André, relatively poor, falls in love with Silvia, a neighbor whom he spies with a telescope. Falling more and more in love with her, he begins to follow her around the city and realizes ... See full summary »
Renata de Lélis,
Lisbela is a young woman who loves going to the movies. Leléu is a con man, going from town to town selling all sort of things and performing as master of ceremonies for some cheesy numbers... See full summary »
Brazilian MD Drauzio Varella starts AIDS prevention in Brazil's largest prison, Carandiru, in São Paulo, where the population is nearly double its 4,000 maximum. Doc learns from experience ... See full summary »
Fernando, a journalist, and his friend César join terrorist group MR8 in order to fight Brazilian dictatorial regime during the late sixties. Cesare, however, is wounded and captured during... See full summary »
The life and times of Cazuza, Brazilian singer/poet/enfant terrible, from his start with rock group "Barão Vermelho", to his death from Aids, in 1990, showing his career, love affairs, and involvement with drugs.
Daniel de Oliveira,
The lively João Grilo and the sly Chicó are poor guys living in the hinterland who cheat a bunch of people in a small Northeast Brazil town. But when they die, they have to be judged by ... See full summary »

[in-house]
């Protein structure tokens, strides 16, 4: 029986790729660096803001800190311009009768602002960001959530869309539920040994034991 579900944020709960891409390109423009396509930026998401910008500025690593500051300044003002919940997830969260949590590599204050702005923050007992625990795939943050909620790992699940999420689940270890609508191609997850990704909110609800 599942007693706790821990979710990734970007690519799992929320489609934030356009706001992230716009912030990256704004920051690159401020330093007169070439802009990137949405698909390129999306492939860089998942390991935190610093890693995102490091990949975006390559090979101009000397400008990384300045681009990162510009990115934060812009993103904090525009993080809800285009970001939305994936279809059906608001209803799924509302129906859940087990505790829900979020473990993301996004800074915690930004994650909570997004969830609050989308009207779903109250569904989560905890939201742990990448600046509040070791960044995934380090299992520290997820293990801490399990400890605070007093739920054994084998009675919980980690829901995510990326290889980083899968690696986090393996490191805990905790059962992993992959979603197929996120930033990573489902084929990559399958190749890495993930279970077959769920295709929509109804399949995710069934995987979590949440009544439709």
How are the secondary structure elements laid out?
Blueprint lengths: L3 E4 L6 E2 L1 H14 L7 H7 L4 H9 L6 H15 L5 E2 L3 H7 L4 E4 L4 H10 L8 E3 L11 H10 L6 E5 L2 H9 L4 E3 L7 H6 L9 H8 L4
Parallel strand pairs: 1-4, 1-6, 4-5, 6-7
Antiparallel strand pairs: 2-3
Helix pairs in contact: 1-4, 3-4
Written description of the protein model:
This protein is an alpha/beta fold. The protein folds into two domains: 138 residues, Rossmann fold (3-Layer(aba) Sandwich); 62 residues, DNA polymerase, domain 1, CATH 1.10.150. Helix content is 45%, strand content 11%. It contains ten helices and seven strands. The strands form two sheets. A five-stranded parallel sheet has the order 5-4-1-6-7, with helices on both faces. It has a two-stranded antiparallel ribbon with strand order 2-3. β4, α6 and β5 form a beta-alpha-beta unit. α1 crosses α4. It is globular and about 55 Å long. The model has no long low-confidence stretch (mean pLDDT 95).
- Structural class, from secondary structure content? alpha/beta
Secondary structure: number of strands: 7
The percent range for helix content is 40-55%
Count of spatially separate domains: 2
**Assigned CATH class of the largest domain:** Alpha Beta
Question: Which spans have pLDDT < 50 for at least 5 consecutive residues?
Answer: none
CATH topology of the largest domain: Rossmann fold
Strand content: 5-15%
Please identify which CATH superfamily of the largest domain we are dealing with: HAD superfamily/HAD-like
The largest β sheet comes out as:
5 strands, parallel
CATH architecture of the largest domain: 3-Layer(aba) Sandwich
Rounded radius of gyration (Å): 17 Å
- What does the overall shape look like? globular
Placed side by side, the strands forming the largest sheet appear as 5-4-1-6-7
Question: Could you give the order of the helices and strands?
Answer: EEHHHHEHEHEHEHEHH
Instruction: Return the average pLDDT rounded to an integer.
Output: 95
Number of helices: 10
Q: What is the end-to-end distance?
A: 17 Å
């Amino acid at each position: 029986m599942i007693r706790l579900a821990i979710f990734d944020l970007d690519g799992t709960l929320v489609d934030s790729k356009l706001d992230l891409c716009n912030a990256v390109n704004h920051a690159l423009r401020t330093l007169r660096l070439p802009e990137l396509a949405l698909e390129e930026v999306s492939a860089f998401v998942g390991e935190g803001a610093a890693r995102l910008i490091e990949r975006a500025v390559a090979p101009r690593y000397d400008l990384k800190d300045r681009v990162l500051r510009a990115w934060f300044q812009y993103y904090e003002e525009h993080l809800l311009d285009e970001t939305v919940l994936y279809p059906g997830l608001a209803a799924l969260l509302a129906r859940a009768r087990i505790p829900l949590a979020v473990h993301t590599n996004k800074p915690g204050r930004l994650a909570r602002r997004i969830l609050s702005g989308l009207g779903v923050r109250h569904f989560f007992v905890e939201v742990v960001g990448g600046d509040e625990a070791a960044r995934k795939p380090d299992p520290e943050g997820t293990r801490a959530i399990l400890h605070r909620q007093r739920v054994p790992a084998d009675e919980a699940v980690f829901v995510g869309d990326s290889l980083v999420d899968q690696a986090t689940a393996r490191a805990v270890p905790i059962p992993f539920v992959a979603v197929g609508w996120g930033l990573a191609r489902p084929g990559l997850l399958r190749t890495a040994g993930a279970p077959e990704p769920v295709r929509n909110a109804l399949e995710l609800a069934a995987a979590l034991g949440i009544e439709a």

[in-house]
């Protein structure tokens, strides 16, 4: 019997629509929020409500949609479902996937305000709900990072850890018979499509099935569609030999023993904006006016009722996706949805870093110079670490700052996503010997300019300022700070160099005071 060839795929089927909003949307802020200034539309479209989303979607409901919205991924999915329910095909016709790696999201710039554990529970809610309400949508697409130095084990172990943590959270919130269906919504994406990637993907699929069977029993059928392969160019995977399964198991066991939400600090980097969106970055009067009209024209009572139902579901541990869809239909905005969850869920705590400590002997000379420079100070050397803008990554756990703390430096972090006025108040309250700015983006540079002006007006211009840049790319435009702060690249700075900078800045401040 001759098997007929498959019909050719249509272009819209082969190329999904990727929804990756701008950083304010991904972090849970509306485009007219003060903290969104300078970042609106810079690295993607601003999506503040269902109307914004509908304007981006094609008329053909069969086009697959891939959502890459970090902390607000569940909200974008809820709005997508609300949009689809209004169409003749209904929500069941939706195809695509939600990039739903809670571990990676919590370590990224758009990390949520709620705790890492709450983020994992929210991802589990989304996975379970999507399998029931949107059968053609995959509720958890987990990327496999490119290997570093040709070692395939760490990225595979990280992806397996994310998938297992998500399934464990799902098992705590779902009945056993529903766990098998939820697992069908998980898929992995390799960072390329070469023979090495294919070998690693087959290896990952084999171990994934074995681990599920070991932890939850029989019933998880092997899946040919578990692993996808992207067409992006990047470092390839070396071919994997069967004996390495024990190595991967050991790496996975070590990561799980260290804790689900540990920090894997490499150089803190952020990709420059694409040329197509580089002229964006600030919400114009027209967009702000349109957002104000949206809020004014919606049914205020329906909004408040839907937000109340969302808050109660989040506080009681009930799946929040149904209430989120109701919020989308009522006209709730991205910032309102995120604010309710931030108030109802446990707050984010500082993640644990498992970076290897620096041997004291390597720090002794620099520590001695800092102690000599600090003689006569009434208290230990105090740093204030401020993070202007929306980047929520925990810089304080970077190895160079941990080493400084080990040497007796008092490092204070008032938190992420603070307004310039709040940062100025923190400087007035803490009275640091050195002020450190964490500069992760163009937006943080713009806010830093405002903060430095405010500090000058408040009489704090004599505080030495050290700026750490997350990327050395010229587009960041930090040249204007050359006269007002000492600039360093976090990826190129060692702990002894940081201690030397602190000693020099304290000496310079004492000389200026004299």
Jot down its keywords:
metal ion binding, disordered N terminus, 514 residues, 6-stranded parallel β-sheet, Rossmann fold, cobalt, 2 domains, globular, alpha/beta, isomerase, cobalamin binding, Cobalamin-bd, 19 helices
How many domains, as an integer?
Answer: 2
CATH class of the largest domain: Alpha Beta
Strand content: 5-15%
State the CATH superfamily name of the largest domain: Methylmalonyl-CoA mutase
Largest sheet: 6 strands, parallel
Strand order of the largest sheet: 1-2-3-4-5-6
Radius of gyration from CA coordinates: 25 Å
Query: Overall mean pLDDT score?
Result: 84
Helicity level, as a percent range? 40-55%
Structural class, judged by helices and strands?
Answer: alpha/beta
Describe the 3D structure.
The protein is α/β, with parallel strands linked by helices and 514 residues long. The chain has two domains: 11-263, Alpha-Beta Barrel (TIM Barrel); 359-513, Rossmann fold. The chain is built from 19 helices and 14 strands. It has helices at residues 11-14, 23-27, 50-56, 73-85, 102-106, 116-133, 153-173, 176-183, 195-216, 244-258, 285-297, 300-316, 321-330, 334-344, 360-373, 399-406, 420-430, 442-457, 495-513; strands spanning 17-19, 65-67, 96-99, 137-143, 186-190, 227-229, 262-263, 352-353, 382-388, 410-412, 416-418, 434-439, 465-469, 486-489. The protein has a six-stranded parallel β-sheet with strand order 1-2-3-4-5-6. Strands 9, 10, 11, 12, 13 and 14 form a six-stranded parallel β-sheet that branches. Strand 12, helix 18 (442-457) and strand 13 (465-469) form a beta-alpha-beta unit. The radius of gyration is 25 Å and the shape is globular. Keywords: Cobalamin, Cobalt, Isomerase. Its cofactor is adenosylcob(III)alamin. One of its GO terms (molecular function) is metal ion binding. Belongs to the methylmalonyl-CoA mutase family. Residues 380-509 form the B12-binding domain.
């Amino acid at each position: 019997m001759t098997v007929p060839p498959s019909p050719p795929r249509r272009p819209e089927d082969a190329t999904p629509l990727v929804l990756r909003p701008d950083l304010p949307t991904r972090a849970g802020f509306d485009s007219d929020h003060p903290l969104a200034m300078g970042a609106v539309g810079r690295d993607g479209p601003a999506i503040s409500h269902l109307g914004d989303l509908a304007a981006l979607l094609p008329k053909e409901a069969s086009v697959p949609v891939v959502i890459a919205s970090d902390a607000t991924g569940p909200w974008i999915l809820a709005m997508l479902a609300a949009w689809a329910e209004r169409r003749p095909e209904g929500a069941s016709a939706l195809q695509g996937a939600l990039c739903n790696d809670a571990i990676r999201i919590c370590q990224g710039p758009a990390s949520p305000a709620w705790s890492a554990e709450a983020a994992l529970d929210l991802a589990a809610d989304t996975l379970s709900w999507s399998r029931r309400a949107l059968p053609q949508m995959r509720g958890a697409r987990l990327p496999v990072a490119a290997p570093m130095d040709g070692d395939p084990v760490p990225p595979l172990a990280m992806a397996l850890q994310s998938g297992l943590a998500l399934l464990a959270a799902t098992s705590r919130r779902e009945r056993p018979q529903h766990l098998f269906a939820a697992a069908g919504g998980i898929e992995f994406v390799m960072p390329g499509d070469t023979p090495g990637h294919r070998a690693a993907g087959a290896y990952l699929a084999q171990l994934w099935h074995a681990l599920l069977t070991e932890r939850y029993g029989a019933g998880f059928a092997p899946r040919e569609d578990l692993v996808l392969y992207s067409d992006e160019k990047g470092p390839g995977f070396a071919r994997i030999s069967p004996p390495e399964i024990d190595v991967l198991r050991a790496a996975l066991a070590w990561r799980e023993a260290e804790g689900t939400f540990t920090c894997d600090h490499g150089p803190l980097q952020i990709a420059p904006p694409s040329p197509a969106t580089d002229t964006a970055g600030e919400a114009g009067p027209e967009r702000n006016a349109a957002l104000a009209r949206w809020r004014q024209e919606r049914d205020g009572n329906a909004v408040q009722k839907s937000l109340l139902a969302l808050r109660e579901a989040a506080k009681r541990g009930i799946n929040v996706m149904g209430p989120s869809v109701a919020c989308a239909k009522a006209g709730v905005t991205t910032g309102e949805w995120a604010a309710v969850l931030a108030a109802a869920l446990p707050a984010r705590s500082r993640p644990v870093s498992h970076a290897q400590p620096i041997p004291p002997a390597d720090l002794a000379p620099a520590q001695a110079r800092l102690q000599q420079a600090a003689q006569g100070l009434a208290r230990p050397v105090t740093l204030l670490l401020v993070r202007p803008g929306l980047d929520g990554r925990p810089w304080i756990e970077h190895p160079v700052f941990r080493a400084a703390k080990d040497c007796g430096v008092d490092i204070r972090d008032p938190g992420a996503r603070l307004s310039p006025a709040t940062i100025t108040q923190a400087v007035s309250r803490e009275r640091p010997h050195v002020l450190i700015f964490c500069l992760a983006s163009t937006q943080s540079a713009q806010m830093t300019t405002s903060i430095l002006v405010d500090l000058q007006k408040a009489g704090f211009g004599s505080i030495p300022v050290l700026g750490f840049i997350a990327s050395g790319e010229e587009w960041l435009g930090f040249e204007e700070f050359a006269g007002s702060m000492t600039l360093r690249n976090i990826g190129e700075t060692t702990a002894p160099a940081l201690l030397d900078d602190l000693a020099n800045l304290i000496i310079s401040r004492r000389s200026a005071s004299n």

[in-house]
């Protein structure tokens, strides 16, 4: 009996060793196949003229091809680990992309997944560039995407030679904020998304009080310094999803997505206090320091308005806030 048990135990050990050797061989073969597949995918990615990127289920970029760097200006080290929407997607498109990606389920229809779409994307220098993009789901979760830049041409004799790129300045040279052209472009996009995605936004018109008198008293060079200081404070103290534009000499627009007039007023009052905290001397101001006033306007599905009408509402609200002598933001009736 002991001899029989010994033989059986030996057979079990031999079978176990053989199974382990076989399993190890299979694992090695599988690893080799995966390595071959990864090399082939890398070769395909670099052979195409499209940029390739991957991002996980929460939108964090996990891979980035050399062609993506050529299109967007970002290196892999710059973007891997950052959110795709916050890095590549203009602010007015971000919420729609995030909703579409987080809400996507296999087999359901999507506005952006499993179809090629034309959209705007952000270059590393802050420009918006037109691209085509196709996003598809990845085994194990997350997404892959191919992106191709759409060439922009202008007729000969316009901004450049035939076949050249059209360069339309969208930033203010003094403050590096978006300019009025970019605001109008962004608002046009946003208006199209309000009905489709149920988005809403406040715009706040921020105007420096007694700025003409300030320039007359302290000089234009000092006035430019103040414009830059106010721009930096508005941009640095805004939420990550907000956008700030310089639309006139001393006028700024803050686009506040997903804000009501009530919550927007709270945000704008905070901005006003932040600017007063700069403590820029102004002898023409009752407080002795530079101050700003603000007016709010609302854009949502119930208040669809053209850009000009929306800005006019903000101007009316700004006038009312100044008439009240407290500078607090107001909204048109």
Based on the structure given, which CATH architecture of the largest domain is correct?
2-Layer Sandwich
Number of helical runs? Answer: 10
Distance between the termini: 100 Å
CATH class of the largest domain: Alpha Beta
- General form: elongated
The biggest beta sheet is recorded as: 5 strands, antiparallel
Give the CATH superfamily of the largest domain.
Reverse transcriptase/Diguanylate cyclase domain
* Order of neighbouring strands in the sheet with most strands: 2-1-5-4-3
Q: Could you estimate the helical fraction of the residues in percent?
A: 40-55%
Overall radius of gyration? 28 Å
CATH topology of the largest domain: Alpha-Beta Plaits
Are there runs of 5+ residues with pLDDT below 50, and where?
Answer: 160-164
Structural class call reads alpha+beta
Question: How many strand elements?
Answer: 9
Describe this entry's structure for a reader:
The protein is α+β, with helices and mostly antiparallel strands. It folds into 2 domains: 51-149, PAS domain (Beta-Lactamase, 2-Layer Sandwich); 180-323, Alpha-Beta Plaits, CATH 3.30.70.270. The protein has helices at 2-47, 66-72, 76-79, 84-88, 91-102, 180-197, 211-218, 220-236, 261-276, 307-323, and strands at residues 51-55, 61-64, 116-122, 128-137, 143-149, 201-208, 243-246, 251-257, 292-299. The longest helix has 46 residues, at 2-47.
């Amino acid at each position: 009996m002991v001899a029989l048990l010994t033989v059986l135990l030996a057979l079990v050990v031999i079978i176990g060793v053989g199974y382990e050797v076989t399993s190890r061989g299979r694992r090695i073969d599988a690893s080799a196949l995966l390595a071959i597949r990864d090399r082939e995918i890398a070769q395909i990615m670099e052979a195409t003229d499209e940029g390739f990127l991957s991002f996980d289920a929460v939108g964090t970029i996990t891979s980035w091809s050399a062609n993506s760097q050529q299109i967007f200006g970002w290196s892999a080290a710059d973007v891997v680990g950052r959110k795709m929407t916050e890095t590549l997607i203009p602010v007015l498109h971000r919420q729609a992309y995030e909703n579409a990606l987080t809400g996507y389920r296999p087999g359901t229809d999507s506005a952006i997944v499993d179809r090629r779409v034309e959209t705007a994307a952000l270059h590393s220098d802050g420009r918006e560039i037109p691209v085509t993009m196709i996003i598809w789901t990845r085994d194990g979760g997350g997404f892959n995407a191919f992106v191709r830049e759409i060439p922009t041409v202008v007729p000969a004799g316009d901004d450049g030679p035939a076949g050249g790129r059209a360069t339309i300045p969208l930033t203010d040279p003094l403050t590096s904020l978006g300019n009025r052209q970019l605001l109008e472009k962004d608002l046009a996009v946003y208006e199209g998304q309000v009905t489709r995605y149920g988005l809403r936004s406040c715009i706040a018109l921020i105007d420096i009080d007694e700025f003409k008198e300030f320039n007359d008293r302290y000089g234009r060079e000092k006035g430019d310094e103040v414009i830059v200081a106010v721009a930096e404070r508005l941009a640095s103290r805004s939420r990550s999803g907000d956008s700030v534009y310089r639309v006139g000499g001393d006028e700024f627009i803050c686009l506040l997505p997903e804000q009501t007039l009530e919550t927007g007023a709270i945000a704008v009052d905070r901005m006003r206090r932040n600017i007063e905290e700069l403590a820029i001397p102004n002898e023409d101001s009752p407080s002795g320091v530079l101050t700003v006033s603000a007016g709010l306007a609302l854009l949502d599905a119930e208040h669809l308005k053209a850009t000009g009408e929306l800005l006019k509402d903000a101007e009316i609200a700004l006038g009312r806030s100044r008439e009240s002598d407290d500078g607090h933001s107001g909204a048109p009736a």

Dora, a dour old woman, works at a Rio de Janeiro central station, writing letters for customers and mailing them. She hates customers and calls them 'trash'. Josue is a 9-year-old boy who never met his father. His mother is sending letters to his father through Dora. When she dies in a car accident, Dora takes Josue and takes a trip with him to find his father. Written by
Vinicius de Oliveira, a shoeshine boy, beat out more than 1,500 other young actors for the role of Josué. See more »
[dictating a letter]
My darling, My heart belongs to you. No matter what you've done, I still love you. I love you. While you're locked in there all those years, I'll be locked up out here, waiting for you.
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I was surprised when I first saw Central do Brasil. First, because, living in Brasil, I have had the chance to see the rise and fall of our movie production. Suddenly, a powerful cinematographic milestone comes as a delightful surprise to movie lovers down here. A few things must be said: it's pretty obvious that Central do Brasil is too much of a real and daring movie for the Academy. It's almost a relief that it didn't get any Oscars, but was praised all over the world, winning more than 50 ( !!!) prizes in Europe, Asia and Americas. For those who find it boring, it's time to reavaluate your concepts on what good cinema is. Stop seeing The Patriots and Independence Days that infect America's so-called Industry, and try to research a little bit more on sense and sensibility!!
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